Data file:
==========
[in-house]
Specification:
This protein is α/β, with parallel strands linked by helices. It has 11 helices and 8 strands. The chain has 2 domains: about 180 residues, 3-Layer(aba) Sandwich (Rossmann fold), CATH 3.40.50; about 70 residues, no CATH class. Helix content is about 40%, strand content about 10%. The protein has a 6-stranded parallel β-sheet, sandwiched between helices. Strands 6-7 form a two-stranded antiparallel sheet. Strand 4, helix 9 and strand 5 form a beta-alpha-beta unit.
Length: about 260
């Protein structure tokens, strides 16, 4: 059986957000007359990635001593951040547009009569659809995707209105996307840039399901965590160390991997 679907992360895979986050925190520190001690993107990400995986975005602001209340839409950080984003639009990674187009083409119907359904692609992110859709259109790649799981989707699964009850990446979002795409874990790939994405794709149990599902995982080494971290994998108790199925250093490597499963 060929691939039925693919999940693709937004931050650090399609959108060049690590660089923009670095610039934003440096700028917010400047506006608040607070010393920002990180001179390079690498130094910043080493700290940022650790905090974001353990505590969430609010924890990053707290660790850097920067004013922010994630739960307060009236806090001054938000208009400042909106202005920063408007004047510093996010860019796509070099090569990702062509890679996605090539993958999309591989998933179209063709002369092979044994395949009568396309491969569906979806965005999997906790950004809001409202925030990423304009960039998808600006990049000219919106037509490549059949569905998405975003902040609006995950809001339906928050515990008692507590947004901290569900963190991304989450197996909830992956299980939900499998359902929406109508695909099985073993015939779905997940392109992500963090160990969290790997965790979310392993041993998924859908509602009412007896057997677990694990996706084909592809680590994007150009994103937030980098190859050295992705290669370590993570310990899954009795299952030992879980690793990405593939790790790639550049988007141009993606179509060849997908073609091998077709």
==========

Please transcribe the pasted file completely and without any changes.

[in-house]
Specification:
This protein is α/β, with parallel strands linked by helices. It has 11 helices and 8 strands. The chain has 2 domains: about 180 residues, 3-Layer(aba) Sandwich (Rossmann fold), CATH 3.40.50; about 70 residues, no CATH class. Helix content is about 40%, strand content about 10%. The protein has a 6-stranded parallel β-sheet, sandwiched between helices. Strands 6-7 form a two-stranded antiparallel sheet. Strand 4, helix 9 and strand 5 form a beta-alpha-beta unit.
Length: about 260
């Protein structure tokens, strides 16, 4: 059986957000007359990635001593951040547009009569659809995707209105996307840039399901965590160390991997 679907992360895979986050925190520190001690993107990400995986975005602001209340839409950080984003639009990674187009083409119907359904692609992110859709259109790649799981989707699964009850990446979002795409874990790939994405794709149990599902995982080494971290994998108790199925250093490597499963 060929691939039925693919999940693709937004931050650090399609959108060049690590660089923009670095610039934003440096700028917010400047506006608040607070010393920002990180001179390079690498130094910043080493700290940022650790905090974001353990505590969430609010924890990053707290660790850097920067004013922010994630739960307060009236806090001054938000208009400042909106202005920063408007004047510093996010860019796509070099090569990702062509890679996605090539993958999309591989998933179209063709002369092979044994395949009568396309491969569906979806965005999997906790950004809001409202925030990423304009960039998808600006990049000219919106037509490549059949569905998405975003902040609006995950809001339906928050515990008692507590947004901290569900963190991304989450197996909830992956299980939900499998359902929406109508695909099985073993015939779905997940392109992500963090160990969290790997965790979310392993041993998924859908509602009412007896057997677990694990996706084909592809680590994007150009994103937030980098190859050295992705290669370590993570310990899954009795299952030992879980690793990405593939790790790639550049988007141009993606179509060849997908073609091998077709």